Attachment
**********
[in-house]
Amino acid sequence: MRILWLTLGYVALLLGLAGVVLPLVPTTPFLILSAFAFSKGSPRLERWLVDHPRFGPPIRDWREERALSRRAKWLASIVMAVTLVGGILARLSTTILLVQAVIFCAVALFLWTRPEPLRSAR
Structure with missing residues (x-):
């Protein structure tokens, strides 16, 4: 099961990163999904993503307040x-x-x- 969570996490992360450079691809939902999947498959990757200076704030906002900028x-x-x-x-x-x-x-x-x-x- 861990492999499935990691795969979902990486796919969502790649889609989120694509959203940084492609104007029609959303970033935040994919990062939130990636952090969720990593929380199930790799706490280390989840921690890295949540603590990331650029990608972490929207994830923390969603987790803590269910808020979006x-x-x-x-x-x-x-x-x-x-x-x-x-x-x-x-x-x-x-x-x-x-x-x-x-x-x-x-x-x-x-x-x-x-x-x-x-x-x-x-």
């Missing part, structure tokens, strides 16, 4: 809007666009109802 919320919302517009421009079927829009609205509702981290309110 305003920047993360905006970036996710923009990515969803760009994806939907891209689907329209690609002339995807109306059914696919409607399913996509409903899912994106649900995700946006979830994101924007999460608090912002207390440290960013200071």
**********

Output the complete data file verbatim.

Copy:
[in-house]
Amino acid sequence: MRILWLTLGYVALLLGLAGVVLPLVPTTPFLILSAFAFSKGSPRLERWLVDHPRFGPPIRDWREERALSRRAKWLASIVMAVTLVGGILARLSTTILLVQAVIFCAVALFLWTRPEPLRSAR
Structure with missing residues (x-):
């Protein structure tokens, strides 16, 4: 099961990163999904993503307040x-x-x- 969570996490992360450079691809939902999947498959990757200076704030906002900028x-x-x-x-x-x-x-x-x-x- 861990492999499935990691795969979902990486796919969502790649889609989120694509959203940084492609104007029609959303970033935040994919990062939130990636952090969720990593929380199930790799706490280390989840921690890295949540603590990331650029990608972490929207994830923390969603987790803590269910808020979006x-x-x-x-x-x-x-x-x-x-x-x-x-x-x-x-x-x-x-x-x-x-x-x-x-x-x-x-x-x-x-x-x-x-x-x-x-x-x-x-």
């Missing part, structure tokens, strides 16, 4: 809007666009109802 919320919302517009421009079927829009609205509702981290309110 305003920047993360905006970036996710923009990515969803760009994806939907891209689907329209690609002339995807109306059914696919409607399913996509409903899912994106649900995700946006979830994101924007999460608090912002207390440290960013200071």